It’s September. The leaves are starting to wither in the north breeze, clinging to what little life they have left. For most reenactors, the transformation of the seasons prompts one action. Gather up every bit of O.D. you own, toss it in the car and map your way to Illinois.
Rockford WWII days is consistently the largest WWII reenactment in the country. There’s no shortage of things to see and battles to partake in. For those of you who’ve never made the pilgrimage to the land of Lincoln in late September, we’re about to outline our top three things not to miss at this year’s event.
(I apologize if the tips are a little biased toward the allies. With the exception of one drunken night two years ago, I’ve only ever attended the event as a yank)
- Get in the field battle
It can be one hell of a clustered mess and has prompted more than one angry conversation on who blew whose ear’s out, but with all the armor and those incredible pack guns the krauts bring out, it’s definitely a can’t miss. If you’re on the allied side, try your luck moving up the right side of the battlefield to grab the good cover near the WWI trenches. If your goal is to get in some amazing photos, push your way to the far left near the crowd and put your best combat face on. If you’re on the kraut side, put yourself near the pack guns for the best photo ops from photographers in the crowd. Remember to grab some business cards from them at the end of the battle so you can find the photos online.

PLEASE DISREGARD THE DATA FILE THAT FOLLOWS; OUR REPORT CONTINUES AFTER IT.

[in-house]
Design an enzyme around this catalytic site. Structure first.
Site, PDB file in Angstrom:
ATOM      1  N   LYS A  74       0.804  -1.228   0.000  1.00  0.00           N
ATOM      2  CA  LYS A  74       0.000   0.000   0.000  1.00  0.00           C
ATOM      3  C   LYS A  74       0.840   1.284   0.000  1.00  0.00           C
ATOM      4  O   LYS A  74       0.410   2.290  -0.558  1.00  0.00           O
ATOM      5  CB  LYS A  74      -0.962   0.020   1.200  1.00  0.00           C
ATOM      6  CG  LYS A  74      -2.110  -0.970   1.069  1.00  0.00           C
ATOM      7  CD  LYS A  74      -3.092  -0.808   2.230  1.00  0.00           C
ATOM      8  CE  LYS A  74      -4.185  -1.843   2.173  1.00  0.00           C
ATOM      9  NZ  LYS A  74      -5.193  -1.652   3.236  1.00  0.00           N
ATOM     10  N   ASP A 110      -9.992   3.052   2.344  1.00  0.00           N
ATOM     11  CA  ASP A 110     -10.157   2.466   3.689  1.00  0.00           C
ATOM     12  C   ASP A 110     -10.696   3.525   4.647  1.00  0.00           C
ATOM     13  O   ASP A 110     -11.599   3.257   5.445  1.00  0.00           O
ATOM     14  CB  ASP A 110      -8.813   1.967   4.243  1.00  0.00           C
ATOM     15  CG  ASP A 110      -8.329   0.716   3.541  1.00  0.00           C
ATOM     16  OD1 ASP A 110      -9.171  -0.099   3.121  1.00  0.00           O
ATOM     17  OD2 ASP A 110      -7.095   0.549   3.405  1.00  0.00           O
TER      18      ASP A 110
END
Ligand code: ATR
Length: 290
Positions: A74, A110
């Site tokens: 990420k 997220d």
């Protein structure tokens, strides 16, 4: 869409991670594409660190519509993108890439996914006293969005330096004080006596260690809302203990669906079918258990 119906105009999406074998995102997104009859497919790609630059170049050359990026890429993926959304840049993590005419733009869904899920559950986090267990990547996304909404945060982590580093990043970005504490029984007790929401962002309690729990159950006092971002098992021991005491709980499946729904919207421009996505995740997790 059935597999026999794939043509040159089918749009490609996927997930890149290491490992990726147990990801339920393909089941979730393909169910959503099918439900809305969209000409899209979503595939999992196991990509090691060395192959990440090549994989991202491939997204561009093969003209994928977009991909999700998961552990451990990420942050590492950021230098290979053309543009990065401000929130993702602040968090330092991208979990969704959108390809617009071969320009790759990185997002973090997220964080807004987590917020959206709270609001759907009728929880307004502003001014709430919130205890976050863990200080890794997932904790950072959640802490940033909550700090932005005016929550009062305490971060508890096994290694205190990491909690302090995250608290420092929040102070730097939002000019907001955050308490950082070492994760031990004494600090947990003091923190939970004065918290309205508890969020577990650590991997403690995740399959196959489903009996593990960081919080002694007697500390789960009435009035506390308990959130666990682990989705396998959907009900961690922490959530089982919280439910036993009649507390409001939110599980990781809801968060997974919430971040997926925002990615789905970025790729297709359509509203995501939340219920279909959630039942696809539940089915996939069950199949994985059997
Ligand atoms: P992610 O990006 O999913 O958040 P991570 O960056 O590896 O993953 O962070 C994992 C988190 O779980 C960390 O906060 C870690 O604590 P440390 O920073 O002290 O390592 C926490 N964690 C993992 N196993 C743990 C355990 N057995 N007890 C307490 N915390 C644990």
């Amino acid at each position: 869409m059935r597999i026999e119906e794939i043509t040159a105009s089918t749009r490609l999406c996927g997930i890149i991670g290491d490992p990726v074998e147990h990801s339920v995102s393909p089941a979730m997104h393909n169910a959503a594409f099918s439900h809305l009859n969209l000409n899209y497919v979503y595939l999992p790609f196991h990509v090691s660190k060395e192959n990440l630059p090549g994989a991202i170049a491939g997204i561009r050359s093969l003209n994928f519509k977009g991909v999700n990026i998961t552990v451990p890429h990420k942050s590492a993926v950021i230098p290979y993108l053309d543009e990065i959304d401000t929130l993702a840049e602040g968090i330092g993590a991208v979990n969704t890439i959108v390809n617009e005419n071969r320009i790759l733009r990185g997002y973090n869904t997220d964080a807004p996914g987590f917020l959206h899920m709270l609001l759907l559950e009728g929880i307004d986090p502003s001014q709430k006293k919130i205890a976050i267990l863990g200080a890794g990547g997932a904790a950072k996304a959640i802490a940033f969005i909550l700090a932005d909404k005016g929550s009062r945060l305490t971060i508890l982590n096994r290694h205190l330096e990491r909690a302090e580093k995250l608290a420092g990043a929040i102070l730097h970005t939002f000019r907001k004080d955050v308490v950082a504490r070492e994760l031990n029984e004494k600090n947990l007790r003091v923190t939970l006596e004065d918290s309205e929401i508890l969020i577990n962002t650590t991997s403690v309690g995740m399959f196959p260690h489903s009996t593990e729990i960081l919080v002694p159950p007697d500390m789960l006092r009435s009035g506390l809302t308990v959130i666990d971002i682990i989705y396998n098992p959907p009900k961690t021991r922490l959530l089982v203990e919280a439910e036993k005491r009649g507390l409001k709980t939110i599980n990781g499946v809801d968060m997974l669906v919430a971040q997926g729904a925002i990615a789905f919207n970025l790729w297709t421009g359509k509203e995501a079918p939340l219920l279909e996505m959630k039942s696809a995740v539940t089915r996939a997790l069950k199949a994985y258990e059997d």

- Take in the German displays deep in the woods
They can be slightly overlooked, being tucked away from everything else, but it’s really worth a walk through the woods to check out all the cool living history displays the krauts put together. All the zeltbahn tents, foxholes, trenches and outright bunker complexes are amazing. The guys clearly put tons of work into these displays. If you’re a part of one of those units, just flip it in reverse and check out all the allied emplacements on the other side of the forest. One that comes to mind specifically is the mortar pit run by some leg infantry guys (9th ID? I can’t remember specifically). For my money it’s the best “in the field” display at the entire event.
- Take a walk around tent city… at night.
During the day with all the families, bratty school kids and pulled pork food-trucks it can be a little hard to really time travel to the 1940s in the tent city. Once the sun goes down and the lanterns come out..it’s another world. The darkness hides just enough of the non-period eye sores. Even if it’s out of your way, take a stroll down the main road and let it all soak in. The gravel crunching beneath your boots and the idol chatter of half-drunk figures casting shadows on dimly lit tent flaps can really make you believe you’re walking around a marshaling area in England about to move down to the coast and board that big boat across the channel.